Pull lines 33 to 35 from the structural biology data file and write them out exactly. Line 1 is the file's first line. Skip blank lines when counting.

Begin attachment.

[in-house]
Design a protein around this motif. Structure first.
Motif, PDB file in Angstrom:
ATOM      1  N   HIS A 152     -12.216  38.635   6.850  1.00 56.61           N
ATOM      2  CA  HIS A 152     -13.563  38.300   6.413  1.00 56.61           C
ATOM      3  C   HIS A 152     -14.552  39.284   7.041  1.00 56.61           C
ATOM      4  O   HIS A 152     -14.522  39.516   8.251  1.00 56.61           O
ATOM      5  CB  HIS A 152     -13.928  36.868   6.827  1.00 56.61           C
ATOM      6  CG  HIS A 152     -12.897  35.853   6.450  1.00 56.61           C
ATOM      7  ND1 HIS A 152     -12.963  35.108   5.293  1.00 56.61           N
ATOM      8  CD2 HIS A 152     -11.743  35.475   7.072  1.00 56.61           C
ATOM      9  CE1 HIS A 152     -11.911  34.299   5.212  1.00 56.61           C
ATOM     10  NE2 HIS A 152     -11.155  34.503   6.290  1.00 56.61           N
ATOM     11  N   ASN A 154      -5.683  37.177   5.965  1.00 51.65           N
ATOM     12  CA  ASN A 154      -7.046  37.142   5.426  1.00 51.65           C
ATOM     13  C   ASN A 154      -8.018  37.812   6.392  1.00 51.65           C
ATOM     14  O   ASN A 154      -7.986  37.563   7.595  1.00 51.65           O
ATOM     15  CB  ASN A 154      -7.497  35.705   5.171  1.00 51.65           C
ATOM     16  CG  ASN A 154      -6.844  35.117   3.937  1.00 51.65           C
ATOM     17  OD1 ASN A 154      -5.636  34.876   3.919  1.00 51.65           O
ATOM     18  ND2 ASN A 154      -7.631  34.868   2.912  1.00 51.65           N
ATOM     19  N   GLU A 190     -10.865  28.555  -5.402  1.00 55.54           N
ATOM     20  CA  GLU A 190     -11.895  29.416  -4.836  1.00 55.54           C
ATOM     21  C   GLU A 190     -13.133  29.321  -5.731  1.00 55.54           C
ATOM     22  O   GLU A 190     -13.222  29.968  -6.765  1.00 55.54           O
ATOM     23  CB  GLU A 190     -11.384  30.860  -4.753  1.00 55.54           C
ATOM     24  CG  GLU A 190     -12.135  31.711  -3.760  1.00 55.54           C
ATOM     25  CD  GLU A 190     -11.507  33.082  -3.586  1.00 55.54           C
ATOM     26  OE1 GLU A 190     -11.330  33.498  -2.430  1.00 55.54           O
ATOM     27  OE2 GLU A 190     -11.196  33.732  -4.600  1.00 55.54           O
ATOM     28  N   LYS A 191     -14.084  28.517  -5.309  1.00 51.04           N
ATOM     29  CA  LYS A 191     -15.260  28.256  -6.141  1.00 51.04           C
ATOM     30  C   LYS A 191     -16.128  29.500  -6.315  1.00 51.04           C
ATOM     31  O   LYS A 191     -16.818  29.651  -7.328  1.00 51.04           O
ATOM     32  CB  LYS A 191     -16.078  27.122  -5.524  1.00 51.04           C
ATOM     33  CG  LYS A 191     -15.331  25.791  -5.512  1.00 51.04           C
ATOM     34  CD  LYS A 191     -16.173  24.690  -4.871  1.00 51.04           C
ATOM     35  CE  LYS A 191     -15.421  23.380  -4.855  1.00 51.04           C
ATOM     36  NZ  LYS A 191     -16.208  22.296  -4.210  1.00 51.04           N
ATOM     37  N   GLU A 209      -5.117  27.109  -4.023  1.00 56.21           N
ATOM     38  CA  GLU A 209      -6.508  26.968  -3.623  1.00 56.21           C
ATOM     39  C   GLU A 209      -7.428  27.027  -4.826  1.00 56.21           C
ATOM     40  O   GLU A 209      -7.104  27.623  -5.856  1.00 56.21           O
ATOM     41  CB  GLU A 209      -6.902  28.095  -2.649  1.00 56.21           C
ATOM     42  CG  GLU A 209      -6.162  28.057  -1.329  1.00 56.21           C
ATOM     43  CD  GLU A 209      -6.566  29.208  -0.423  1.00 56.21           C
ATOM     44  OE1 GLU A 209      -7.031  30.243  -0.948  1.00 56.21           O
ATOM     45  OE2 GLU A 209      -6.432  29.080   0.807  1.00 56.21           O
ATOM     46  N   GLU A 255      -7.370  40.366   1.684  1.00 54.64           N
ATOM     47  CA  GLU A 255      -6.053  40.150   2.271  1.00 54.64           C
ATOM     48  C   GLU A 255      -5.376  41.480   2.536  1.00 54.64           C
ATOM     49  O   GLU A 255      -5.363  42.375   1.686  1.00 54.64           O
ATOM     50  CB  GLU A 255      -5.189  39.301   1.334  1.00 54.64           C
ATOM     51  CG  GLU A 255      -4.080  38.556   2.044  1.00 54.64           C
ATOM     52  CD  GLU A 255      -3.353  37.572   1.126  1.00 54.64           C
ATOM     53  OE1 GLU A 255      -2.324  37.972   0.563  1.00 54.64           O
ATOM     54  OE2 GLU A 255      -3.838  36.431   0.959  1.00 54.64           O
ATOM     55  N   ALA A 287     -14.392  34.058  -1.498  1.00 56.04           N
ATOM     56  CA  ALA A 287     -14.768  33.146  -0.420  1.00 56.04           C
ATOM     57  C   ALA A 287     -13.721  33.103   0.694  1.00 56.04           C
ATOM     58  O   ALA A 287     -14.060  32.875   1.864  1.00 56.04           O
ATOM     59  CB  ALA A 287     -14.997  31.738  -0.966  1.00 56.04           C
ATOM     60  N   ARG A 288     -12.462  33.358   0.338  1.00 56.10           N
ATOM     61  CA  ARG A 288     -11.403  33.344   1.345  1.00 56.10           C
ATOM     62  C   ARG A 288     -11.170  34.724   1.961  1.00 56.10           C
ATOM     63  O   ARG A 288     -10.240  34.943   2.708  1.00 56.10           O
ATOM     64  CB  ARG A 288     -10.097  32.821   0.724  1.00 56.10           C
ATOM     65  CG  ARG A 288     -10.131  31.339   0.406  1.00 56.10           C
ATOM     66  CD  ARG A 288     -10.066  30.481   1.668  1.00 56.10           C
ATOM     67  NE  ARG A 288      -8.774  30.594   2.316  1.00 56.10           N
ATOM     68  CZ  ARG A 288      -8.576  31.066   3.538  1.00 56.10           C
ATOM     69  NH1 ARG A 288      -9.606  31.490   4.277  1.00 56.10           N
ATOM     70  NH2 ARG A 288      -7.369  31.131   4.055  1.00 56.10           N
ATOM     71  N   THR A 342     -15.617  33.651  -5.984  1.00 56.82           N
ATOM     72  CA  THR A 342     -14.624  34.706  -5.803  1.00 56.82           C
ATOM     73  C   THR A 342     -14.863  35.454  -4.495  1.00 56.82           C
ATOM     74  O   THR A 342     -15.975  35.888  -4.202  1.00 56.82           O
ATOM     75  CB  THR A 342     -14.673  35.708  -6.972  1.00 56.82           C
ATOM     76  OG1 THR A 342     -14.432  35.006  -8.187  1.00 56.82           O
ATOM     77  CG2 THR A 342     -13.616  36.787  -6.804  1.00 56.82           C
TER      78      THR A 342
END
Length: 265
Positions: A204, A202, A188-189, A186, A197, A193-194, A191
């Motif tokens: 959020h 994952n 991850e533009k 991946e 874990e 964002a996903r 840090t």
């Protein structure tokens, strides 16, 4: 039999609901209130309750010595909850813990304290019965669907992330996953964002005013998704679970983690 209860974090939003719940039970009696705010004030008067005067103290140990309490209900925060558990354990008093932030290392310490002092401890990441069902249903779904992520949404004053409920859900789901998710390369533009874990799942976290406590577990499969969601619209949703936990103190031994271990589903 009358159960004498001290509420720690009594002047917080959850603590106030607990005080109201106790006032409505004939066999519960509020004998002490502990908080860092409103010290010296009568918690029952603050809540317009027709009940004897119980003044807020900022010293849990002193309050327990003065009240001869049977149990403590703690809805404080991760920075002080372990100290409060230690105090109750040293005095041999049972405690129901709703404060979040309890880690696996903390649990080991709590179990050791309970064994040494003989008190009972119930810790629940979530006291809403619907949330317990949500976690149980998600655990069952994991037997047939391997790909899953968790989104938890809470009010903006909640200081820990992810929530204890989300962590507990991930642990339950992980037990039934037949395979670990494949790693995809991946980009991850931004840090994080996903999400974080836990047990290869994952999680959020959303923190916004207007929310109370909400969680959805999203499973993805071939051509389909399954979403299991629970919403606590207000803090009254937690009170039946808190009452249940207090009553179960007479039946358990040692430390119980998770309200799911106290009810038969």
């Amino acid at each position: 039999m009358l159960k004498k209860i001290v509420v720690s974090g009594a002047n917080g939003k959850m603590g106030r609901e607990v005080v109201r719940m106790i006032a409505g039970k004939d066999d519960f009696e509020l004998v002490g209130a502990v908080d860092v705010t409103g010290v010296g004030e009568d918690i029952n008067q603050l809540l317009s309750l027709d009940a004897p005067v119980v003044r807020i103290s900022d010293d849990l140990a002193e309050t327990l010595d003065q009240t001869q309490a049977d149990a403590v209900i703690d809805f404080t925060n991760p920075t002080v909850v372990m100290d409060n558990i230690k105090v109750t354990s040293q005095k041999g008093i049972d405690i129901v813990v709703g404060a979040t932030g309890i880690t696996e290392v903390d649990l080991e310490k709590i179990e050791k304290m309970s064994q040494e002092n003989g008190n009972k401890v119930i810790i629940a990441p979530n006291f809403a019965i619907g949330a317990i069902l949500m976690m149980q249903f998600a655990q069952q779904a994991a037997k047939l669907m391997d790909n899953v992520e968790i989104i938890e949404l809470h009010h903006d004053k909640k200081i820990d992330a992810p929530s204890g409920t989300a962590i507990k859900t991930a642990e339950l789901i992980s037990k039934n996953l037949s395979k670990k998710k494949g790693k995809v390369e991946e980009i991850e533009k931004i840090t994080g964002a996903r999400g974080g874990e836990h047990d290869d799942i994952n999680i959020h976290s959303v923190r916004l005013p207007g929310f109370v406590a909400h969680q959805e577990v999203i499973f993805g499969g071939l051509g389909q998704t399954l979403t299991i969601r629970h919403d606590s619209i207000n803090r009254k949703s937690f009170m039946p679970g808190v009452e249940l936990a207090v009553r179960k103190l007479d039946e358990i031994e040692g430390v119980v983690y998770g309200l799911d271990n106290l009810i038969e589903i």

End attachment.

ATOM     30  C   LYS A 191     -16.128  29.500  -6.315  1.00 51.04           C
ATOM     31  O   LYS A 191     -16.818  29.651  -7.328  1.00 51.04           O
ATOM     32  CB  LYS A 191     -16.078  27.122  -5.524  1.00 51.04           C